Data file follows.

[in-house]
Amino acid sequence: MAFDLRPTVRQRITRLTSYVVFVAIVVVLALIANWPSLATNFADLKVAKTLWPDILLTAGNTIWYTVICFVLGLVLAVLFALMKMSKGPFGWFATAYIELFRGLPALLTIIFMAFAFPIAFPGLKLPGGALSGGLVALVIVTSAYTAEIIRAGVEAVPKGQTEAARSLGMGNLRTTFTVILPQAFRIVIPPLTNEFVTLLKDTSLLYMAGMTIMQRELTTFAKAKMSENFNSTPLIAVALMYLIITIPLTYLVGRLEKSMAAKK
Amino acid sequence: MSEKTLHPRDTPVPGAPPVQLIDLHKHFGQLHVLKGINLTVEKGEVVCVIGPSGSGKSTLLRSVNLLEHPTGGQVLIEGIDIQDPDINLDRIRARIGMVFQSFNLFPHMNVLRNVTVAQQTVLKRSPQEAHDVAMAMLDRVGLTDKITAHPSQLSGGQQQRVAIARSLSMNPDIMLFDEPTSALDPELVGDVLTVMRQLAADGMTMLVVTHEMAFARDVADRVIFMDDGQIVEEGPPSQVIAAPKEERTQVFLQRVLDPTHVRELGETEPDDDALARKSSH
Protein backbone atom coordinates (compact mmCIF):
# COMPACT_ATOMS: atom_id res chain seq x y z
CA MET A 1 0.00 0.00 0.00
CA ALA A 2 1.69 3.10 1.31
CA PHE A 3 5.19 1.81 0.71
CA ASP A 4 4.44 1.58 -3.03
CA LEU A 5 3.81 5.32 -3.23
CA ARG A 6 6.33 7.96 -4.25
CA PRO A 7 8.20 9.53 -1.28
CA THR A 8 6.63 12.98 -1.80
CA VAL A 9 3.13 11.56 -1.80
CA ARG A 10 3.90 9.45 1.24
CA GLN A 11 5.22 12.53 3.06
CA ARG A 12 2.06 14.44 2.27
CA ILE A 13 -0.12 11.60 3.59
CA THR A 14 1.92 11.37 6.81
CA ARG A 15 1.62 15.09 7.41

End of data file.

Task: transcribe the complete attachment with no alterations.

[in-house]
Amino acid sequence: MAFDLRPTVRQRITRLTSYVVFVAIVVVLALIANWPSLATNFADLKVAKTLWPDILLTAGNTIWYTVICFVLGLVLAVLFALMKMSKGPFGWFATAYIELFRGLPALLTIIFMAFAFPIAFPGLKLPGGALSGGLVALVIVTSAYTAEIIRAGVEAVPKGQTEAARSLGMGNLRTTFTVILPQAFRIVIPPLTNEFVTLLKDTSLLYMAGMTIMQRELTTFAKAKMSENFNSTPLIAVALMYLIITIPLTYLVGRLEKSMAAKK
Amino acid sequence: MSEKTLHPRDTPVPGAPPVQLIDLHKHFGQLHVLKGINLTVEKGEVVCVIGPSGSGKSTLLRSVNLLEHPTGGQVLIEGIDIQDPDINLDRIRARIGMVFQSFNLFPHMNVLRNVTVAQQTVLKRSPQEAHDVAMAMLDRVGLTDKITAHPSQLSGGQQQRVAIARSLSMNPDIMLFDEPTSALDPELVGDVLTVMRQLAADGMTMLVVTHEMAFARDVADRVIFMDDGQIVEEGPPSQVIAAPKEERTQVFLQRVLDPTHVRELGETEPDDDALARKSSH
Protein backbone atom coordinates (compact mmCIF):
# COMPACT_ATOMS: atom_id res chain seq x y z
CA MET A 1 0.00 0.00 0.00
CA ALA A 2 1.69 3.10 1.31
CA PHE A 3 5.19 1.81 0.71
CA ASP A 4 4.44 1.58 -3.03
CA LEU A 5 3.81 5.32 -3.23
CA ARG A 6 6.33 7.96 -4.25
CA PRO A 7 8.20 9.53 -1.28
CA THR A 8 6.63 12.98 -1.80
CA VAL A 9 3.13 11.56 -1.80
CA ARG A 10 3.90 9.45 1.24
CA GLN A 11 5.22 12.53 3.06
CA ARG A 12 2.06 14.44 2.27
CA ILE A 13 -0.12 11.60 3.59
CA THR A 14 1.92 11.37 6.81
CA ARG A 15 1.62 15.09 7.41